Men planning to have babies later in life might want to re-consider after a major study found older dads' sperm has a higher rate of mutations that could increase their children's risk of schizophrenia and autism.
According to Icelandic researchers, sperm appears to develop two extra mutations per year, so the older a man gets, the more likely he is to pass on genetic mutations to his child.
The researchers undertook a large genome-sequencing study that found fathers pass on four times as many DNA mutations as mothers, which could contribute to an increased risk of autism and schizophrenia.
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"The older we are as fathers, the more likely we will pass on our mutations," says lead author Dr Kari Stefansson, whose study was published in Nature.
"The more mutations we pass on, the more likely that one of them is going to be deleterious."
Older mothers less to blame for difficulties
Dr Stefansson said this research could shift the blame for birth defects from older mothers.
"The very important conclusion we can draw from this is that the concern focused on the increasing age of mothers is probably misplaced," he said.
"They may be off the hook, and men are on it –– as disorders from these mutations are much more common than the risks associated with older mothers."
The researchers from deCODE, a genetics firm in Reykjavik, studied "new mutations" –– mutations not inherited from the parents –– in 78 Icelandic parents and children. They found a father's age had the biggest impact on mutations in their child's DNA.
Past studies have found a link between a father's age and schizophrenia and autism, while other studies have found a link between new mutations and the diseases. This study provides a clearer link between the two.
According to Nature, the fact sperm is continually being generated by dividing cells makes it more likely to mutate. It's the opposite in women, who are born with all their eggs so they are less likely to mutate.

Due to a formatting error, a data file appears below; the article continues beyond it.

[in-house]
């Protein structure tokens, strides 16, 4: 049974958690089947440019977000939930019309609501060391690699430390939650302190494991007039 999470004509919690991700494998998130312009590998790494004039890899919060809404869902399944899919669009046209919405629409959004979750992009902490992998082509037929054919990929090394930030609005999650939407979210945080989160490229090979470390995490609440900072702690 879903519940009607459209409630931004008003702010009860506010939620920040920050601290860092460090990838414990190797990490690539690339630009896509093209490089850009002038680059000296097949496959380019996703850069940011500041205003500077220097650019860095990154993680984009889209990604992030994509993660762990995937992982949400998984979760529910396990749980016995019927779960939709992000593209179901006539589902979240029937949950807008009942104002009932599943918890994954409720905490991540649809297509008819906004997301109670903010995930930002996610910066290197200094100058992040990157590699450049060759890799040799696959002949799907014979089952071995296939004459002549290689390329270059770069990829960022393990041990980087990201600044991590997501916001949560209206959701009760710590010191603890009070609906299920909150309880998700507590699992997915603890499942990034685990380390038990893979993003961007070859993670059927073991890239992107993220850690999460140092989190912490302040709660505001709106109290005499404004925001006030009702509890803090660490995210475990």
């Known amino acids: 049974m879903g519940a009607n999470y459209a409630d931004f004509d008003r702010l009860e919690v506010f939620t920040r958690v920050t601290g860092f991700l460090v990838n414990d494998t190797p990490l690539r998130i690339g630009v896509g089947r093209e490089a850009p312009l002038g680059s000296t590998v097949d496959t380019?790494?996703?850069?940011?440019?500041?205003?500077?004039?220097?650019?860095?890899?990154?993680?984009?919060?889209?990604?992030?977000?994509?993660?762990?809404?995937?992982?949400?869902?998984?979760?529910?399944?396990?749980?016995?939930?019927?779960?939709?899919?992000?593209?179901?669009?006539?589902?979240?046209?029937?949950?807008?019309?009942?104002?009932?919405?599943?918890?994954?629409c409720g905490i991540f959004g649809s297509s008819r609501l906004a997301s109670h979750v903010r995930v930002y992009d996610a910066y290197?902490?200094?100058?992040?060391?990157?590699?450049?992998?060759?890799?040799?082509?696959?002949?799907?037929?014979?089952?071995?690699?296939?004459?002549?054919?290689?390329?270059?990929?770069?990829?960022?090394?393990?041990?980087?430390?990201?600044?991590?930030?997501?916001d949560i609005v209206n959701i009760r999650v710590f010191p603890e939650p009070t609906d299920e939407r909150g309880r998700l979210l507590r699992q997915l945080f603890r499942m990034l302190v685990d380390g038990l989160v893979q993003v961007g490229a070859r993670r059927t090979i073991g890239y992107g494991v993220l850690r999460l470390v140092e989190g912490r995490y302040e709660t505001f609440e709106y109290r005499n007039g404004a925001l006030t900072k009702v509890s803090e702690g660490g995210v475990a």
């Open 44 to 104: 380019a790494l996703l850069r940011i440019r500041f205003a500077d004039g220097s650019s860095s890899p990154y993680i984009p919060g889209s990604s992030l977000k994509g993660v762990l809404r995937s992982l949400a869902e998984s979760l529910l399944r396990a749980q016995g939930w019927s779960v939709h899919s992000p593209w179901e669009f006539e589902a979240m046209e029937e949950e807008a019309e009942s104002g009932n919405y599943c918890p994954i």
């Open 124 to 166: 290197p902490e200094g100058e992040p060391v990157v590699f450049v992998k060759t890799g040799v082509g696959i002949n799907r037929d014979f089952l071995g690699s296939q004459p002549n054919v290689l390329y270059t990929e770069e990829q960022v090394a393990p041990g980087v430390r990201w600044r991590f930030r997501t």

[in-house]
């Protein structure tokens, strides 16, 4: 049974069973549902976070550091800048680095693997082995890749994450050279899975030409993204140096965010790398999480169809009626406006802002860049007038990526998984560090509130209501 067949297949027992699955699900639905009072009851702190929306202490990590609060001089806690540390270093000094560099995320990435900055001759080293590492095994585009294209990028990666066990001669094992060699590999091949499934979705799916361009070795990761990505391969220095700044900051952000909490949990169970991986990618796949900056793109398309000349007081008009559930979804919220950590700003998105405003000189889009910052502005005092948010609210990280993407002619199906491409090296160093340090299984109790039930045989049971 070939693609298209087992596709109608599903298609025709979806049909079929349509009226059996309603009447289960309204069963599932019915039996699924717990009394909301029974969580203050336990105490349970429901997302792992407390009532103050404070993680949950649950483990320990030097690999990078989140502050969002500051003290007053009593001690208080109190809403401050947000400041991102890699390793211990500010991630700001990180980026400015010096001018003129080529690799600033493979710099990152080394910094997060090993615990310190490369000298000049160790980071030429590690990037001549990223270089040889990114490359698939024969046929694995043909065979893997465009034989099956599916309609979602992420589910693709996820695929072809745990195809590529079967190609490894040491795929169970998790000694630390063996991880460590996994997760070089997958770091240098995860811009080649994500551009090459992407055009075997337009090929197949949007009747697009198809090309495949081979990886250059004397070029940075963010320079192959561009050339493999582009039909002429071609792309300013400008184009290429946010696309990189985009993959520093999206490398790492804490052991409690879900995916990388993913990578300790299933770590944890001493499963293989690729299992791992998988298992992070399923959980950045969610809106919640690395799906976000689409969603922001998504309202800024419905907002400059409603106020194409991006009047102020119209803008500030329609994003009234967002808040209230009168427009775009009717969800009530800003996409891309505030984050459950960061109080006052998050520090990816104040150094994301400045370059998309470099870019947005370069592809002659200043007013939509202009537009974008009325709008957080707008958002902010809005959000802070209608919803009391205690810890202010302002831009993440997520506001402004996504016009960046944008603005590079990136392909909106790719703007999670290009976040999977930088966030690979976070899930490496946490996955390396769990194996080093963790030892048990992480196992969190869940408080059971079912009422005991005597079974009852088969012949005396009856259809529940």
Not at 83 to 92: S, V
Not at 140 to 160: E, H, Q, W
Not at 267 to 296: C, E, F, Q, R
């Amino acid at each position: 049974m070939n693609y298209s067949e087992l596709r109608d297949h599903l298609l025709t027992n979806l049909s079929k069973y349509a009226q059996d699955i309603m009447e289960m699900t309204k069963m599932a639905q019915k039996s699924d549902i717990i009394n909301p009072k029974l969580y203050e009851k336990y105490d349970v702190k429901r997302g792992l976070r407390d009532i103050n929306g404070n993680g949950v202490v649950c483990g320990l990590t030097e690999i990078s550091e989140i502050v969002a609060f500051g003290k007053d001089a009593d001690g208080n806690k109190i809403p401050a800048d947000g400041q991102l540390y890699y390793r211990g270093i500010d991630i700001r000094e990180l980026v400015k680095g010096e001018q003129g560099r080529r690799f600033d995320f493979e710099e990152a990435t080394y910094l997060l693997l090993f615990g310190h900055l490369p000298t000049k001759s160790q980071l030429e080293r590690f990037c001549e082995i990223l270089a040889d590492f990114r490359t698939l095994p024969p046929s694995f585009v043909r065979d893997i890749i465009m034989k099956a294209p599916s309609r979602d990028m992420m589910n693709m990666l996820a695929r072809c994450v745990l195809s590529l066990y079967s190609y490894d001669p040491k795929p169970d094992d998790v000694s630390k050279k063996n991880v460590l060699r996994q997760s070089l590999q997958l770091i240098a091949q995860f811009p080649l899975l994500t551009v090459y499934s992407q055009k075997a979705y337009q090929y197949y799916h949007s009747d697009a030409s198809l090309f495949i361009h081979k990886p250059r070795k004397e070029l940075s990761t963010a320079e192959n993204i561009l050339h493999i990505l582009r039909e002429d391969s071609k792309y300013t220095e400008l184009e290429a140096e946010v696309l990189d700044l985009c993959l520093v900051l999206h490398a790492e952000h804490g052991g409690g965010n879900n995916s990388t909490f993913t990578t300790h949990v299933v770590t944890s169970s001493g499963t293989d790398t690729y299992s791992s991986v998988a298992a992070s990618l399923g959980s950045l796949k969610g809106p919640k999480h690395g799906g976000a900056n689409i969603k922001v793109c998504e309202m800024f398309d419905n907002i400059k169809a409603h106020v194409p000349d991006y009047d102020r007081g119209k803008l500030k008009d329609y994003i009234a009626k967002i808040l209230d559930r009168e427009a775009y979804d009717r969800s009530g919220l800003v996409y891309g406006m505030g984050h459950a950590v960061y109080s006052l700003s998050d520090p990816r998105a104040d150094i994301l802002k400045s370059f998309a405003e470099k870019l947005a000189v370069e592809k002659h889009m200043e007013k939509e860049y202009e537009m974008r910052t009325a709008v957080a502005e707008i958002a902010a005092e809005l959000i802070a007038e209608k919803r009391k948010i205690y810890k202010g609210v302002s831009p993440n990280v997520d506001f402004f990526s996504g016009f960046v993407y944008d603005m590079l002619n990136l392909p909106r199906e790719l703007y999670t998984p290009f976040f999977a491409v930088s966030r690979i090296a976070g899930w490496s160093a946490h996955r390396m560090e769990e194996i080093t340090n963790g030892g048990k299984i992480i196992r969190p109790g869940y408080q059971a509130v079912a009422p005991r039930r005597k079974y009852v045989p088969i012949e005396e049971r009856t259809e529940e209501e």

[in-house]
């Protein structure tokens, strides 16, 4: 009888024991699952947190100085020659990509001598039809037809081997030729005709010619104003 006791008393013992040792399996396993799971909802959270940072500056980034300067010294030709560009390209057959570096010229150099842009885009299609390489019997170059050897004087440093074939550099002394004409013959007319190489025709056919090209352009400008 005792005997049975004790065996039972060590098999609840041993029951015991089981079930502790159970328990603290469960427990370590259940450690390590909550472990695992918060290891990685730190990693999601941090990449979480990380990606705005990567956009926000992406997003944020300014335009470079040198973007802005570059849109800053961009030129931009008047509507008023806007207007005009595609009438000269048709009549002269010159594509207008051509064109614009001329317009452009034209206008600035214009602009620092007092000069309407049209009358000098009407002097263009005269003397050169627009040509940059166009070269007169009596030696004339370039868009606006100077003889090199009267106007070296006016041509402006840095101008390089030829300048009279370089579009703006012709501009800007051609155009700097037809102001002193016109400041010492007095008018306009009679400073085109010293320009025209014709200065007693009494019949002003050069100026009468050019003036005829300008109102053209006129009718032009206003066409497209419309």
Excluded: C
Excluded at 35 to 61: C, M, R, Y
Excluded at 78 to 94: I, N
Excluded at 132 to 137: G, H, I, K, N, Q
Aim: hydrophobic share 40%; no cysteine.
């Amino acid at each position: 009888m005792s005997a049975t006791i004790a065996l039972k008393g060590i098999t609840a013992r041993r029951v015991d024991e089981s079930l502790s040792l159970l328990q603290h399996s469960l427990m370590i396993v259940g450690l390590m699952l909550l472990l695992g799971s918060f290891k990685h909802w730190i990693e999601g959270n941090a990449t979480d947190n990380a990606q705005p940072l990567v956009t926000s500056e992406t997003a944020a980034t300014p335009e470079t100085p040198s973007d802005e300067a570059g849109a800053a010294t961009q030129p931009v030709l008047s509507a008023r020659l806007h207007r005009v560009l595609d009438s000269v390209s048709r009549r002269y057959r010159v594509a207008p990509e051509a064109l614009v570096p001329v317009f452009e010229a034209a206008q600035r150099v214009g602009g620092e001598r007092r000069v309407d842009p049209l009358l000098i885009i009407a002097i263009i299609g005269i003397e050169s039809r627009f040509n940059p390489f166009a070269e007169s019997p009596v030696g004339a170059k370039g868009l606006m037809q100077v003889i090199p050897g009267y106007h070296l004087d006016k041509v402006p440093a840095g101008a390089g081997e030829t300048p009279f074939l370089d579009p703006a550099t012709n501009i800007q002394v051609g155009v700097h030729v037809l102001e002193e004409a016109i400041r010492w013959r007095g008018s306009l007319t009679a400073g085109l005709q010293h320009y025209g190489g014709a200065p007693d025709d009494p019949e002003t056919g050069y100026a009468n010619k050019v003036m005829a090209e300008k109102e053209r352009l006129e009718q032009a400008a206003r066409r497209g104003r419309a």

Professor Ravi Savarirayan, clinical geneticist at Murdoch Children’s Research Institute, told ninemsn this study adds to earlier research about the link between older dads and genetic mutations but
warned against concluding a definite link between older fathers and mental illness.
"We know that older fathers are associated with schizophrenia and autism but we don't know if that has anything to do with a causal link — it could be that older parents treat their kids differently," he said.
"It's not something we should focus on and it could be only one piece of a hundred-piece jigsaw puzzle. There is a lot of hysteria and bad information about autism and schizophrenia."
Don't rush to have babies earlier just yet
Professor Savarirayan said it would be unnecessary for experts to advise men to get their sperm frozen when they're younger.
"I still think people are going to wait until they are set up and able to afford their first house and that's now mid-thirties or even later," he said.
And that might not be a bad idea, anyway — a study from London has found babies born to older mothers appear to be healthier and experience faster language development and social interaction.
The researchers from University College London looked at 78,000 children born between 2000 and 2002 to mothers aged between 13 and 57.
When they analysed child weight, accidents, hospital admissions and language development, they found that the older mothers' children fared better.
For example, a nine-month-old baby born to a 20-year-old has a 9.5 percent chance of having an accident compared with 6.1 percent for a mother aged 40.
The authors hypothesised that this could be because older mothers are more likely to be married, educated and have higher incomes, which can contribute to better child wellbeing.